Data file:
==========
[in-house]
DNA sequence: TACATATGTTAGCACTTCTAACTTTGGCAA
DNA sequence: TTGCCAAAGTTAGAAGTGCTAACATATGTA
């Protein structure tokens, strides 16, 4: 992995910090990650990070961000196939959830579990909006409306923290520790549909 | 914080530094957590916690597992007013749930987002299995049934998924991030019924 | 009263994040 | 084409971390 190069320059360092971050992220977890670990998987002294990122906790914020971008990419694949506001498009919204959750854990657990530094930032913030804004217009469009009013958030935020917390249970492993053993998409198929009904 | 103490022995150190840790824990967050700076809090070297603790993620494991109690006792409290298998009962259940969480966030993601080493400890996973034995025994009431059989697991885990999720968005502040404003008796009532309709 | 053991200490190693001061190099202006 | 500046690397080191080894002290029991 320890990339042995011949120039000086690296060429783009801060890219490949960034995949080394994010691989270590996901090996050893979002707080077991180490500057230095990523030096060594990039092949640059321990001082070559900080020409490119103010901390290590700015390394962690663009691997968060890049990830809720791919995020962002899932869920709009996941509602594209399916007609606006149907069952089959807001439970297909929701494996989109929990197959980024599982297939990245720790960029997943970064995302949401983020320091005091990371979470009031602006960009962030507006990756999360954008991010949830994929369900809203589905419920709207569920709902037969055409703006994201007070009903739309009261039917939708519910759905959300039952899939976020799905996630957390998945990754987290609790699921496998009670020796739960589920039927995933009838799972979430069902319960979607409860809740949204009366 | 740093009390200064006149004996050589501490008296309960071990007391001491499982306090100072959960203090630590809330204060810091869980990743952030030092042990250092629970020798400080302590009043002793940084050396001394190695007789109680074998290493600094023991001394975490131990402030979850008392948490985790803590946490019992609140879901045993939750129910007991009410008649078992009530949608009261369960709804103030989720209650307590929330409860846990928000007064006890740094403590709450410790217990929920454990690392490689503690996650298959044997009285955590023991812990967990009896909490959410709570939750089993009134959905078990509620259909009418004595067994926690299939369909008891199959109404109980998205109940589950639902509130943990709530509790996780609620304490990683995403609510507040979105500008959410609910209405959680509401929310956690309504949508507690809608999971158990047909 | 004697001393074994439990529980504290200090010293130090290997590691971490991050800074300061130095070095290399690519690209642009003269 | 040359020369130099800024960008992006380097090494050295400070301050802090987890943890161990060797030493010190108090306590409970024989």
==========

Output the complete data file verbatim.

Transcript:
[in-house]
DNA sequence: TACATATGTTAGCACTTCTAACTTTGGCAA
DNA sequence: TTGCCAAAGTTAGAAGTGCTAACATATGTA
């Protein structure tokens, strides 16, 4: 992995910090990650990070961000196939959830579990909006409306923290520790549909 | 914080530094957590916690597992007013749930987002299995049934998924991030019924 | 009263994040 | 084409971390 190069320059360092971050992220977890670990998987002294990122906790914020971008990419694949506001498009919204959750854990657990530094930032913030804004217009469009009013958030935020917390249970492993053993998409198929009904 | 103490022995150190840790824990967050700076809090070297603790993620494991109690006792409290298998009962259940969480966030993601080493400890996973034995025994009431059989697991885990999720968005502040404003008796009532309709 | 053991200490190693001061190099202006 | 500046690397080191080894002290029991 320890990339042995011949120039000086690296060429783009801060890219490949960034995949080394994010691989270590996901090996050893979002707080077991180490500057230095990523030096060594990039092949640059321990001082070559900080020409490119103010901390290590700015390394962690663009691997968060890049990830809720791919995020962002899932869920709009996941509602594209399916007609606006149907069952089959807001439970297909929701494996989109929990197959980024599982297939990245720790960029997943970064995302949401983020320091005091990371979470009031602006960009962030507006990756999360954008991010949830994929369900809203589905419920709207569920709902037969055409703006994201007070009903739309009261039917939708519910759905959300039952899939976020799905996630957390998945990754987290609790699921496998009670020796739960589920039927995933009838799972979430069902319960979607409860809740949204009366 | 740093009390200064006149004996050589501490008296309960071990007391001491499982306090100072959960203090630590809330204060810091869980990743952030030092042990250092629970020798400080302590009043002793940084050396001394190695007789109680074998290493600094023991001394975490131990402030979850008392948490985790803590946490019992609140879901045993939750129910007991009410008649078992009530949608009261369960709804103030989720209650307590929330409860846990928000007064006890740094403590709450410790217990929920454990690392490689503690996650298959044997009285955590023991812990967990009896909490959410709570939750089993009134959905078990509620259909009418004595067994926690299939369909008891199959109404109980998205109940589950639902509130943990709530509790996780609620304490990683995403609510507040979105500008959410609910209405959680509401929310956690309504949508507690809608999971158990047909 | 004697001393074994439990529980504290200090010293130090290997590691971490991050800074300061130095070095290399690519690209642009003269 | 040359020369130099800024960008992006380097090494050295400070301050802090987890943890161990060797030493010190108090306590409970024989």